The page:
Laura Micciche, assistant professor of English and comparative literature, brings a novel approach to all of her courses--from English composition to rhetoric to graduate seminars.
Laura Micciche, assistant professor of English and comparative literature, brings a novel approach to all of her courses--from English composition to rhetoric to graduate seminars. Employing what she terms a practical and civil perspective, she introduces real world relevancy into her classes. I think it's important that students are able to generate ideas and compose thoughtfully, she explains. They need to read and consume the ideas around them within some sort of critical framework and to write about them coherently because writing skills are absolutely essential to participating in the construction of our culture.
During the fall quarter, Micciche taught her English 101 courses using politics from the presidential election as a springboard to tackle issues. She credits this approach to her own graduate school experience: I took a course designed to help TA's learn how to teach writing. This was my first exposure to the study of teaching and to the field of rhetoric and composition, and I was hooked. I found discussions about how best to teach writing and about the significance of teaching writing in a democracy extremely compelling. The importance of literacy training to a functioning democracy was something that I had never really thought about, so to be presented with this idea in graduate school was a real revelation. It made me think about the lager significance of what we're all doing in education.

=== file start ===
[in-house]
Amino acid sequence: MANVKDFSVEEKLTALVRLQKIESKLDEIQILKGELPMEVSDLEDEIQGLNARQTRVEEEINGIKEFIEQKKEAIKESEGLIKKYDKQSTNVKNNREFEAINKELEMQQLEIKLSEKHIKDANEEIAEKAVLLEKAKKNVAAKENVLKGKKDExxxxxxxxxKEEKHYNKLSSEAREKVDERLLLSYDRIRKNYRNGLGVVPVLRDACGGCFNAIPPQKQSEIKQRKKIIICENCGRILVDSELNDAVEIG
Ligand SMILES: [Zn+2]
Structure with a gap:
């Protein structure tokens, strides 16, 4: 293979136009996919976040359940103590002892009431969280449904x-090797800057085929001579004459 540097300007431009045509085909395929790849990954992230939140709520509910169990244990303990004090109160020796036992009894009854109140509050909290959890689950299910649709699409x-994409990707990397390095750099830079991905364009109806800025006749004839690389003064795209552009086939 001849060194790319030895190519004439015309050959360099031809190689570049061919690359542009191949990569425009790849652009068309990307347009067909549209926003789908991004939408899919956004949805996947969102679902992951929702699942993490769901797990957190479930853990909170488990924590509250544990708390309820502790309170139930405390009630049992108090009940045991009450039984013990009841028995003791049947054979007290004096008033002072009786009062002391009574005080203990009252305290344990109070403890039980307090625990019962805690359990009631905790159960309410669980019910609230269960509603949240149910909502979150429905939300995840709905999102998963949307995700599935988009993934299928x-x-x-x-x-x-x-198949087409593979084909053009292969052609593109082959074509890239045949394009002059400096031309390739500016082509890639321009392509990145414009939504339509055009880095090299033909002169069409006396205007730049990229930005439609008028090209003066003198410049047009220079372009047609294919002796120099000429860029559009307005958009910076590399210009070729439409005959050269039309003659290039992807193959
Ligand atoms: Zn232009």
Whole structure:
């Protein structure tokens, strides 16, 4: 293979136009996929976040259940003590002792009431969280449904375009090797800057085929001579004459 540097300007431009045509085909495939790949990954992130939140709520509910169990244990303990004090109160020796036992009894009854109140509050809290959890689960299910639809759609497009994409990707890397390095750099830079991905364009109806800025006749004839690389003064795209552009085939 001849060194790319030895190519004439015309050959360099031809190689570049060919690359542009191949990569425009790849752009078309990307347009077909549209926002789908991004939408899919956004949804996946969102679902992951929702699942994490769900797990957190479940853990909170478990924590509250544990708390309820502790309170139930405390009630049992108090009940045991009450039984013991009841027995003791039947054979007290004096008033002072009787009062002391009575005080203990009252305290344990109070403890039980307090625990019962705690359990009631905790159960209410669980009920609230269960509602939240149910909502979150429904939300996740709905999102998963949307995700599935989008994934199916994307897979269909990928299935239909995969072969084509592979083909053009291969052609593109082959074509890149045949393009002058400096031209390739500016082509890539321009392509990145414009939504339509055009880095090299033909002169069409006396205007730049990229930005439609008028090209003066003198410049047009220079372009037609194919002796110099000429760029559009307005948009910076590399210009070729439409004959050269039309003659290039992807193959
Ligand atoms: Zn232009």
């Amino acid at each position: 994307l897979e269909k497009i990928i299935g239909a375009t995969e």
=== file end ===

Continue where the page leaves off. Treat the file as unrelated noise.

A native of Canton, Ohio, Micciche found the opportunity to work in Cincinnati something of a homecoming. After receiving her PhD from the University of Wisconsin-Milwaukee, she spent five years as an assistant professor of rhetoric and composition at East Carolina University in Greenville, North Carolina. But the position at UC meant she could return to her home state so that her nine- month-old son Giovanni would have extended family within a short distance and she could teach in a more urban, culturally vibrant setting.
She looks forward to indulging a variety of interests. One is participating in the community by engaging her students in activities like service learning. She hopes to have them produce written documents for non-profits so that she and they can help to establish connections between the university and the urban area. This is not to say she's indifferent to the city's lighter attractions, however. Having arrived in August, Micciche is still exploring Cincinnati and, as a participant of the 2001 San Diego Marathon, eagerly awaiting the next Flying Pig Marathon.
For now though her most ambitious undertaking is completing her book, Emotion, Culture, and Composition Studies. The result of extensive research, it promises to be a unique work that expresses Micciche's concern about the historical devaluation of emotion, despite the significance of emotional investment in linking humans together in communities.
More A&S News |
A&S Home |
A&S Research |
UC News |